Critical Thinking Topics:
Judgment and Decision Making
Sometimes people feel that it is wrong to judge others in any way. While it is true that you should not condemn others or judge them unrighteously, you will need to make judgments of ideas, situations, and people throughout your life.
The Lord has given many commandments that you cannot keep without making judgments. For example, He has said: “Beware of false prophets. . . . Ye shall know them by their fruits” (Matthew 7:15-16) and “Go ye out from among the wicked” (D&C 38:42). You need to make judgments of people in many of your important decisions, such as choosing friends, voting for government leaders, and choosing an eternal companion.
Judgment is an important use of your agency [free will] and requires great care, especially when you make judgments about other people. All your judgments must be guided by righteous standards.
Remember that only God, who knows each individual’s heart, can make final judgments of individuals. (Revelation 20:12; 3 Nephi 27:14; D&C 137:9)
How to Make Righteous Judgments
Your righteous judgments about others can provide needed guidance for them and, in some cases, protection for you and your family. Approach any such judgment with care and compassion.
As much as you can, judge people’s situations rather than judging the people themselves. Whenever possible, refrain from making judgments until you have an adequate knowledge of the facts. Always be sensitive to the Holy Spirit, who can guide your decisions. True to the Faith, 90-91
How Do We “Judge Righteous Judgment”?
By Tyler J. Griffin
Associate Professor of Ancient Scripture, Brigham Young University
Jesus is not telling us never to judge. He is commanding us to make sure the judgments we make are righteous.
Have you ever been in a situation where somebody tried to correct another person by saying, “Judge not, that ye be not judged”? (Matthew 7:1). Few of Jesus’s teachings are more widely known than this one. Unfortunately, this phrase is not always correctly understood or applied. Our ability to benefit from this command will increase as we examine how Jesus Christ used it in His teachings and how His prophets have reiterated it through time.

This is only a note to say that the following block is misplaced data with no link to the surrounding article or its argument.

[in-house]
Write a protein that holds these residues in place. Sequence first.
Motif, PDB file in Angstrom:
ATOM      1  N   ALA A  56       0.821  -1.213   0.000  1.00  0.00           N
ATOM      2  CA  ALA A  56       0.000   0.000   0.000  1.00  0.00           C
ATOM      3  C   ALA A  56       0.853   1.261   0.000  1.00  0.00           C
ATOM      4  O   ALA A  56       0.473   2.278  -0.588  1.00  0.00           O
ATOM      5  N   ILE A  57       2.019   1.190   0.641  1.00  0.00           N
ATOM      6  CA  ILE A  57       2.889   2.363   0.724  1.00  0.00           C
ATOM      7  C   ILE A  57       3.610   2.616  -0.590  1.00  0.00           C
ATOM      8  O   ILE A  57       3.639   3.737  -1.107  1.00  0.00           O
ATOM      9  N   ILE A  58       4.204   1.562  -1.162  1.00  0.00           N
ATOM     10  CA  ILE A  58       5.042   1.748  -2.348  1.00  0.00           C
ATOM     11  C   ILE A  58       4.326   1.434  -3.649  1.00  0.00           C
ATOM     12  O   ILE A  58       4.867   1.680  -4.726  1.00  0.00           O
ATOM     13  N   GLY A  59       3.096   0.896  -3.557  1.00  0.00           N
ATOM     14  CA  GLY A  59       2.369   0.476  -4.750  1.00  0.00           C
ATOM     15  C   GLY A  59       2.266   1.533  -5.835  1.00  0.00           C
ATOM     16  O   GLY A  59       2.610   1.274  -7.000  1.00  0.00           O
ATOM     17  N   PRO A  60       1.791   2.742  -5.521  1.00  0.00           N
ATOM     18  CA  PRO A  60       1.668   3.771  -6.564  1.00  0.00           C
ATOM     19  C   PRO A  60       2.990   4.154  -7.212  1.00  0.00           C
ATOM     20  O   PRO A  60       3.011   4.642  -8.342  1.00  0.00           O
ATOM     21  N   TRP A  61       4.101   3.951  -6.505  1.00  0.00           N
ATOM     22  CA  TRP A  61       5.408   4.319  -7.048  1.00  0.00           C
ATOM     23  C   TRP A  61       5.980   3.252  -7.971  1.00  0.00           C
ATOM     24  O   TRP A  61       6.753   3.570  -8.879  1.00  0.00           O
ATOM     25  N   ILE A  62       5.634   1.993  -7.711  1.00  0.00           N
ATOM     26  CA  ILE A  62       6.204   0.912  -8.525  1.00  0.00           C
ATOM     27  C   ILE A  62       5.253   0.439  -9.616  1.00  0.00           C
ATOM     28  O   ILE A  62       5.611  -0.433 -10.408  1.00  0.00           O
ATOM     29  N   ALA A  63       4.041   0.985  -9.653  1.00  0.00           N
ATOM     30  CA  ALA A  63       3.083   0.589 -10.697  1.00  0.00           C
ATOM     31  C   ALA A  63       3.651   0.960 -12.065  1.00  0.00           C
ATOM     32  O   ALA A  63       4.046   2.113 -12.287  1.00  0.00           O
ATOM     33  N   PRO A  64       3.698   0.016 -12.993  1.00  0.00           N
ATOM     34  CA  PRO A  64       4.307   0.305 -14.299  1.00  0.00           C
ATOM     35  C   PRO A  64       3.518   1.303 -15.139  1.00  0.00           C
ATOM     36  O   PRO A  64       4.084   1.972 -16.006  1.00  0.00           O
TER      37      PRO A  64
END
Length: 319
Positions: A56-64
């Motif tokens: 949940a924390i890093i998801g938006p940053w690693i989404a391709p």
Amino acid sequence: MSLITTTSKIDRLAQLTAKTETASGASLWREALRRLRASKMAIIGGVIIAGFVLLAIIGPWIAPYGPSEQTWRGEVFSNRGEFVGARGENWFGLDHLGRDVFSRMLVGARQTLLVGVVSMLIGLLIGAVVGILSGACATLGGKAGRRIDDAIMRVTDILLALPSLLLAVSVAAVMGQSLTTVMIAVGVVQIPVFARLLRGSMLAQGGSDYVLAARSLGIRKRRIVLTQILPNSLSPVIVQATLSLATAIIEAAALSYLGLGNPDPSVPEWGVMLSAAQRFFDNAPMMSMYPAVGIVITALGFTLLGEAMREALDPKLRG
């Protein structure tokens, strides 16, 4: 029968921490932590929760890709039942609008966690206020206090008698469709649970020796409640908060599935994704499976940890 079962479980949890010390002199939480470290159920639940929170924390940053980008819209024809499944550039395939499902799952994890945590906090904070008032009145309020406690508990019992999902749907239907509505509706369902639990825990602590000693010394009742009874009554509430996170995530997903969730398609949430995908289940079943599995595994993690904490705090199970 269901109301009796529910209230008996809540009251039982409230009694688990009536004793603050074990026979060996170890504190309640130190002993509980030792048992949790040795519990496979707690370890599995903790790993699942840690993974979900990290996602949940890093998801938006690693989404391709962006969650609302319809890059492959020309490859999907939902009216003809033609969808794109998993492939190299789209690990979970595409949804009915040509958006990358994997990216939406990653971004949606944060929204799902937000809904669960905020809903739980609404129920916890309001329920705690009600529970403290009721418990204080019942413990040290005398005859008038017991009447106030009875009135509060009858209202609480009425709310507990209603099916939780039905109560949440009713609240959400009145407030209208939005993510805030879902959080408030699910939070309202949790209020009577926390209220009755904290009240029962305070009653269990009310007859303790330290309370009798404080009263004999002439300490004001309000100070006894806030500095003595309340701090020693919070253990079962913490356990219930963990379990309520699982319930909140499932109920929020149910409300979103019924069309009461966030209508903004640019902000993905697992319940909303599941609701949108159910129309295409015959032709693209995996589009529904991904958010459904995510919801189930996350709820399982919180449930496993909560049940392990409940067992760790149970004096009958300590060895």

In the Joseph Smith Translation of Matthew 7, we read, “Judge not unrighteously, that ye be not judged; but judge righteous judgment” (Joseph Smith Translation, Matthew 7:2 [in Matthew 7:1, footnote a]).
According to Joseph Smith’s addition to this passage in Matthew, Jesus is not telling us never to judge. He is commanding us to make sure the judgments we make are righteous.
Our Judgments of People
Dale G. Renlund of the Quorum of the Twelve Apostles taught, “God cares a lot more about who we are and who we are becoming than about who we once were.”5
Our own sins and lack of perfect understanding disqualify us from being able to pass final judgments on anyone, including ourselves. We must, however, make constant intermediate judgments. We are to righteously judge actions, not condemn people.